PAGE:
# Define factors whose levels depend on another variable

Be this mock data:

``````set.seed(20120220)
x  <- c(rep("a", 4), rep("b", 4))
y  <- c(sample(c(1, 2), 8, replace = TRUE))
z  <- data.frame(cbind(x, y))
``````

Data frame `z` will look like this:

``````  x y
1 a 1
2 a 1
3 a 1
4 a 2
5 b 2
6 b 1
7 b 2
8 b 2
``````

I want to run something akin to `factor(z\$y, levels = 1:2, labels = c("alpha", "beta"))`, but I don't want every `1` to become `alpha` and every `2` to become `beta`. I want that to happen only for `x = a`. If `x = b`, I want `1` to become `gamma` and `2` to become `delta`.

In other words, I want my data frame to look like this:

``````  x y
1 a alpha
2 a alpha
3 a alpha
4 a beta
5 b delta
6 b gamma
7 b delta
8 b delta
``````

This is what I came up with so far:

``````for (i in 1:nrow(z)) {
if (z\$x[i] == "a")
z\$y[i] <- factor(z\$y[i], levels = 1:2, labels = c("alpha", "beta"))
else
z\$y[i] <- factor(z\$y[i], levels = 1:2, labels = c("gamma", "delta"))
}
``````

But it gives me several warning messages (one for each `i`) like this:

``````Warning messages:
1: In `[<-.factor`(`*tmp*`, i, value = c(NA, 1L, 1L, 2L, 2L, 1L, 2L,  :
invalid factor level, NAs generated
``````

And then, when I call `z` again, the data frame is a mess, every `y` has been made into `<NA>`.

I bet there's a simple solution for this, but I've been trying several approaches for hours to no avail. My head is about to explode! Help!

-
Can't you simply add a new column of factors with levels 1:4 and labels 'alpha', 'beta', 'gamma', 'delta' ? It has no sense (and I doubt is possible) to have factors with 2 levels but 4 labels... – digEmAll Feb 20 '12 at 20:37
I could do this on a small data set such as the one above, but my actual problem has a few thousand lines, making the approach impracticable. – Waldir Leoncio Feb 20 '12 at 20:52
have a look at my answer – digEmAll Feb 20 '12 at 21:17

``````> z\$ynew <- ifelse(z\$x == "a", ifelse( z\$y==1, "alpha", "beta"),
ifelse(z\$y==1, "delta", "gamma") )
> z
x y  ynew
1 a 1 alpha
2 a 1 alpha
3 a 1 alpha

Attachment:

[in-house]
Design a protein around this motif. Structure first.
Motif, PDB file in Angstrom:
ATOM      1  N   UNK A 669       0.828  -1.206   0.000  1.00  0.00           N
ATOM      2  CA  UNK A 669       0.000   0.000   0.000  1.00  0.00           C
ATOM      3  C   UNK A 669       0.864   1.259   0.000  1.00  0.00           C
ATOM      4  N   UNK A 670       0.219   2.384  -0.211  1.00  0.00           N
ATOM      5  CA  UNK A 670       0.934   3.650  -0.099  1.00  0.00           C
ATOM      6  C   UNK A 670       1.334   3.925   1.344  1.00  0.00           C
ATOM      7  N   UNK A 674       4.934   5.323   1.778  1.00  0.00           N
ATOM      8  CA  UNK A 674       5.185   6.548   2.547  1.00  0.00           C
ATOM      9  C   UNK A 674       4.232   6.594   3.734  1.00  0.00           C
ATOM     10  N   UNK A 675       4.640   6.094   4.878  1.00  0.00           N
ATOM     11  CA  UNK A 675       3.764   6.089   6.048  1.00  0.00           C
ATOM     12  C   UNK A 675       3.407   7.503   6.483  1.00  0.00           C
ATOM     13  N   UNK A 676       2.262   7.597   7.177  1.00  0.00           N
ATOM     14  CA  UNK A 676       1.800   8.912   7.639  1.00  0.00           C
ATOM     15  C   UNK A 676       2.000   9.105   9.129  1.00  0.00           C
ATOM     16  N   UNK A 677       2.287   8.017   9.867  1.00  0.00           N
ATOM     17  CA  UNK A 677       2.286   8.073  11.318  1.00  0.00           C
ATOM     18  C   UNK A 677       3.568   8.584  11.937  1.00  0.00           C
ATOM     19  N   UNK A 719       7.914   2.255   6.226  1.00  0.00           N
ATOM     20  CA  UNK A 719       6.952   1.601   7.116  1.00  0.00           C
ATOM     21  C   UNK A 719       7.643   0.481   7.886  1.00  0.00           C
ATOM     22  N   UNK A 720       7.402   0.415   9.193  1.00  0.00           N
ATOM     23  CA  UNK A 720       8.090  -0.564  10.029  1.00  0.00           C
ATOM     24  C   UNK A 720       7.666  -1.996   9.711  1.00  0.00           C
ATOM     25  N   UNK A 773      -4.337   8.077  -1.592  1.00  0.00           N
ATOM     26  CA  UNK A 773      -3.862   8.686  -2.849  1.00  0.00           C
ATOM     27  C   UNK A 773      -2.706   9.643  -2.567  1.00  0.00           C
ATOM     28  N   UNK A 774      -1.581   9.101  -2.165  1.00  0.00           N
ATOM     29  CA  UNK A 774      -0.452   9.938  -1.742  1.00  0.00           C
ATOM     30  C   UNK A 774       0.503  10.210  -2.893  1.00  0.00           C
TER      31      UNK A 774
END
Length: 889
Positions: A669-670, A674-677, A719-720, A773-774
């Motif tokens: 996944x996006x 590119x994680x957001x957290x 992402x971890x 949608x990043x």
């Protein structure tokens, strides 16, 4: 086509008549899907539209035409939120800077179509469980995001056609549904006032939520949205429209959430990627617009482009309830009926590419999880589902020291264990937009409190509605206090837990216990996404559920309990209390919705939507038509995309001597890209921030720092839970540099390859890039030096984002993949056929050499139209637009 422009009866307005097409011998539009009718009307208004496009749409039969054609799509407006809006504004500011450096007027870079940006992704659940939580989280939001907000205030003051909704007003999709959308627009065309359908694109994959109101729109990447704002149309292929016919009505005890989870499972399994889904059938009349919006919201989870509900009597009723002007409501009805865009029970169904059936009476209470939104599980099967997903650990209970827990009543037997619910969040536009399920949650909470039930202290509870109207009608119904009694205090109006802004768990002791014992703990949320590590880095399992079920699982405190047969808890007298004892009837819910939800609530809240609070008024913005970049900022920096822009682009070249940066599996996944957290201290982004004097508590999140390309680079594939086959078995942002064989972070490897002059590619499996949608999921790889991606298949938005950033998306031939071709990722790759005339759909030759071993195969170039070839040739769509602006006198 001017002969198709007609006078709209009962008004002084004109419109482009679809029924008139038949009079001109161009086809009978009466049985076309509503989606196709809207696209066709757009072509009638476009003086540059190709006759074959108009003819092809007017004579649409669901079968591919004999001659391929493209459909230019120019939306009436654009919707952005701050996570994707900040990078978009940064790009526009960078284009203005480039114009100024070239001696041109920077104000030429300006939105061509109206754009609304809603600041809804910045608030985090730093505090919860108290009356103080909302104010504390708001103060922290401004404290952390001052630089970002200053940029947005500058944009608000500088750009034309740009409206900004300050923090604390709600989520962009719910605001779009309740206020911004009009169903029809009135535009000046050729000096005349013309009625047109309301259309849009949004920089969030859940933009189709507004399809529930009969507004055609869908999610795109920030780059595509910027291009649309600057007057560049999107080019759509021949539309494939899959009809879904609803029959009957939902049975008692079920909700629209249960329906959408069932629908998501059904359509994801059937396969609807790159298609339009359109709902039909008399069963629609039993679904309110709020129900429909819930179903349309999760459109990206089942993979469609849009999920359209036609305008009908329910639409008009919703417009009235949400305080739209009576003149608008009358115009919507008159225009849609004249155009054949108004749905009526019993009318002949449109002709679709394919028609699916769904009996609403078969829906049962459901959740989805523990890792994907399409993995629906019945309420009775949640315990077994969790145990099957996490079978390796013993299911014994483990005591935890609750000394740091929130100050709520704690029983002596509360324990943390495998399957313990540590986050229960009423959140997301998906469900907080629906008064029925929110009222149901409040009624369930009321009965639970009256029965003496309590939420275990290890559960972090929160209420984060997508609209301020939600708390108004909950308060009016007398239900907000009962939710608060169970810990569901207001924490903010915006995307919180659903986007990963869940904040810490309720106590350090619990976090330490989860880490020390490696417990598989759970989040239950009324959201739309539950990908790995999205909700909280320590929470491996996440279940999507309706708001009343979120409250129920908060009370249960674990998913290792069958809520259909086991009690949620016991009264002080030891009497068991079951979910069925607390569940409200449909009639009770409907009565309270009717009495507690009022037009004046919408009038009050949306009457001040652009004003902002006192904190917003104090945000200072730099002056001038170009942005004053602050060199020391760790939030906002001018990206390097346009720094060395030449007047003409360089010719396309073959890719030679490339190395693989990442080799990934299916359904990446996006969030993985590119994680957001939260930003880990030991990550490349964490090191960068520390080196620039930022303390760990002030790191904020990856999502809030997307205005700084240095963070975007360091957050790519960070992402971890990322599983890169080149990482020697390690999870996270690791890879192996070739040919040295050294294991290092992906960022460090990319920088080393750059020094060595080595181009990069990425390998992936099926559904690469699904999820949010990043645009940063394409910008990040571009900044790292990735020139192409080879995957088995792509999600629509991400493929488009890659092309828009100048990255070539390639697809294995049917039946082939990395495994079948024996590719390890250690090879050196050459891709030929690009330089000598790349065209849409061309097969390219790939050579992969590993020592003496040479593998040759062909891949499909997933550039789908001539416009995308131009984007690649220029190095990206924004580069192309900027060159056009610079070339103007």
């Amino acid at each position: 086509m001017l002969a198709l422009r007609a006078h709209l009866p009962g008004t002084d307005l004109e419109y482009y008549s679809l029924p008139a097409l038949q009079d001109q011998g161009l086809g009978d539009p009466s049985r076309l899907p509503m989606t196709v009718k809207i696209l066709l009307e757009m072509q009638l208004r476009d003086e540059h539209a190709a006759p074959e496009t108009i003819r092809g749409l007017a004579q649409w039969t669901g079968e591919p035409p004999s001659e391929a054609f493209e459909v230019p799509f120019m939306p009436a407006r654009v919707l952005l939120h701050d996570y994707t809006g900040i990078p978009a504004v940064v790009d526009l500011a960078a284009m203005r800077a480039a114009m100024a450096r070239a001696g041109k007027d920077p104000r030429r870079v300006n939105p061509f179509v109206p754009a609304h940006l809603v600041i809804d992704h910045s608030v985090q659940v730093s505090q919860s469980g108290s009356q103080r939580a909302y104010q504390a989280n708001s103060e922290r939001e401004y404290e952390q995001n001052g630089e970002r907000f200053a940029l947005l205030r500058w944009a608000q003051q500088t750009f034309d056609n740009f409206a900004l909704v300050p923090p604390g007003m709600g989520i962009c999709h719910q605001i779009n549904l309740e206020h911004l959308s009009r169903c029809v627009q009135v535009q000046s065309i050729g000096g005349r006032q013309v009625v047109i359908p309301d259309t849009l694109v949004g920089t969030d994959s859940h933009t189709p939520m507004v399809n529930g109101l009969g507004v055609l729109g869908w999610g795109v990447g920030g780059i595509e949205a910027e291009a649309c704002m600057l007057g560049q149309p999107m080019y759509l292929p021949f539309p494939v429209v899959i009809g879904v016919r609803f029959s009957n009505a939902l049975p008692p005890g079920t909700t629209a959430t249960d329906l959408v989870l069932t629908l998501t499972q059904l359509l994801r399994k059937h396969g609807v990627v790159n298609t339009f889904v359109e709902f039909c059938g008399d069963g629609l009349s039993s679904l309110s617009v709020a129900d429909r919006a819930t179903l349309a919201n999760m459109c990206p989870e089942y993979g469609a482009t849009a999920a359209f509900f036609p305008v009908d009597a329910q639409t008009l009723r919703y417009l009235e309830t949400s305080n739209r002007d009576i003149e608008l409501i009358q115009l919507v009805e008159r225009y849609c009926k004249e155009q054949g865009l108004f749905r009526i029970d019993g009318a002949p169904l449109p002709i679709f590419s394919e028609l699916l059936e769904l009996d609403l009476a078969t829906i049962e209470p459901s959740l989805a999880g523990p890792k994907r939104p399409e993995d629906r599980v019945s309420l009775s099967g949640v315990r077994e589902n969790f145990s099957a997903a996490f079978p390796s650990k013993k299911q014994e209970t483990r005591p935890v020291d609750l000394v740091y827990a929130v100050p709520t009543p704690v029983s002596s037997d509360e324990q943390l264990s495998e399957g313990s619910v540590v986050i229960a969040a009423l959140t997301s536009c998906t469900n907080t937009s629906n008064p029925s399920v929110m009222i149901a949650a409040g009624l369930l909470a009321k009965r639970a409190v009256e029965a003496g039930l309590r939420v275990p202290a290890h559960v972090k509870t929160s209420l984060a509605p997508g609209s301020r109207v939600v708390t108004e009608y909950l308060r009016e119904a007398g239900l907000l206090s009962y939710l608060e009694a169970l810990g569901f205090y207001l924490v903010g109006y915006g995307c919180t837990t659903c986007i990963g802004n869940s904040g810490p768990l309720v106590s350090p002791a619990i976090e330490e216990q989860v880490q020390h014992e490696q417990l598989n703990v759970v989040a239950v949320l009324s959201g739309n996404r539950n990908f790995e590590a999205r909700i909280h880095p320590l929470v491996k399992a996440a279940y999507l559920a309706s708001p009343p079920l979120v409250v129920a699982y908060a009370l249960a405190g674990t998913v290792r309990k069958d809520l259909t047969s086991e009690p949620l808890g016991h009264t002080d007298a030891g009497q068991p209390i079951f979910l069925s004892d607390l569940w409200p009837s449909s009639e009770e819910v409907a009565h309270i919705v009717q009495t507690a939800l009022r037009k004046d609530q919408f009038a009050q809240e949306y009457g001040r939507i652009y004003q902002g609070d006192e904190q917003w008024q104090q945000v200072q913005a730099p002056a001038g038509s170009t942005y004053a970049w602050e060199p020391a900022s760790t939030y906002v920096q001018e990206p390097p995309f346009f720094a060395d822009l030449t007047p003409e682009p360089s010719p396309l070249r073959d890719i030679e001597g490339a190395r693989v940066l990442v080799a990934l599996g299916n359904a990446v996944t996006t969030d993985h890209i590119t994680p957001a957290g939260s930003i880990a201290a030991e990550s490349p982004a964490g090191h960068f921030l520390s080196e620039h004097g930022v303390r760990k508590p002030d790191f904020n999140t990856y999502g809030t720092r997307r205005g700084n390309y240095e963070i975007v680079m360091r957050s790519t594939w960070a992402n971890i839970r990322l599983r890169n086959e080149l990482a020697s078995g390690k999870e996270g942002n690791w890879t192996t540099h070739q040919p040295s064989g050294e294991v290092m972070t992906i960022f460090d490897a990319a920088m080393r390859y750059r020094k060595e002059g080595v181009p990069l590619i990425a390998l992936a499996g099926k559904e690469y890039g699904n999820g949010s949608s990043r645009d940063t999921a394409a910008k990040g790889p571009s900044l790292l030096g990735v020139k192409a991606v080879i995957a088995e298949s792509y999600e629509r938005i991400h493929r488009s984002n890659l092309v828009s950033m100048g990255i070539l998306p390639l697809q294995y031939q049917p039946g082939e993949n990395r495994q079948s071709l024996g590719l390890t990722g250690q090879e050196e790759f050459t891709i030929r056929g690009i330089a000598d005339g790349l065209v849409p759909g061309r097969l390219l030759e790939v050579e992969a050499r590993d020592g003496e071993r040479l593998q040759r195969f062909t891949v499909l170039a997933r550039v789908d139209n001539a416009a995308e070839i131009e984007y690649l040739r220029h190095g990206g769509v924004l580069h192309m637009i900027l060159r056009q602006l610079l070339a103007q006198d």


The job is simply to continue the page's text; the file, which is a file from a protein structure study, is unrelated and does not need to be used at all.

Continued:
4 a 2  beta
5 b 2 gamma
6 b 1 delta
7 b 2 gamma
8 b 2 gamma
``````

(I guess I swapped your delta's and gamma's. If you want 'ynew' to be a factor then just: `z\$ynew <- factor(z\$ynew)`

-
This does word, but my actual `y` vector has eight levels, so `ifelse()` wouldn't work. Unless I nested eight ifelses one into the other, which is just too much for me. Is there any wat around this case? – Waldir Leoncio Feb 20 '12 at 20:50
Probably ... supply a more realistic problem description and example. – 42- Feb 20 '12 at 21:08

``````# define x and y   to   'alpha', 'beta' etc.   correspondences
# (it's just one row for each possible factor)
auxDf <- data.frame( x  = c('a',     'a',    'b',     'b'    ),
y  = c( 1,       2,      1,       2     ),
newy= c('alpha', 'beta', 'gamma', 'delta'))

# merge the 2 data.frame getting a new data.frame with the factors column
newDf <- merge(z,auxDf)
newDf
``````
-
Thanks for the input, but this would require recreating all vectors, right? How could one make this work on a big dataset? – Waldir Leoncio Feb 21 '12 at 19:14
@wleoncio: Also creating 2 subsets each big 1/2 of the previous data.frame's, creates the same amount of variables :) Are you having memory issues ? – digEmAll Feb 21 '12 at 20:06

Here's one additional step to make the previous answer even a bit quicker - you can use 'unique' to pull out all the unique combinations in a data frame.

``````auxDf=unique(z)
auxDf\$newy=c('alpha','beta','gamma','delta')
``````

Then, as in the previous post

``````newDf <- merge(z,auxDf)
newDf
``````
-
Welcome to Stack Overflow, Jennie! Please consider editing digEmAll's answer and inserting your additional step there; that way, we can have all related steps together. SO's answer are dynamically ordered, so referring to "the previous answer" may not work every time. ;) – Waldir Leoncio Feb 21 '12 at 15:19

I've managed to come up with a solution that works, even though it is quite messy.

First, create subsets of the data frame `z` for each `x`

``````z1 <- subset(z, x == "a")
z2 <- subset(z, x == "b")
``````

Then, apply `factor()` to each subset:

``````z1\$y <- factor(z1\$y, levels = 1:2, labels = c("alpha", "beta"))
z2\$y <- factor(z2\$y, levels = 1:2, labels = c("gamma", "delta"))
``````

And finally, reunite the subsets into the original object.

``````z <- rbind(z1, z2)
``````
-
I don't see why do you prefer this approach to @DWin solution or the others proposed; they give basically the same results and with this approach in case of many conditions (i.e. 'a', 'b', 'c' ...) you need to perform a lot of subsets... – digEmAll Feb 21 '12 at 18:09
You're right, this is just another way to solve the problem. It's just that working with subsets looks less overwhelming to me than with nested ifelses. Now, I do prefer this or DWin's solution to the others, because they work on imported data frames (your suggestion involved recreating every variable, right?). – Waldir Leoncio Feb 21 '12 at 19:13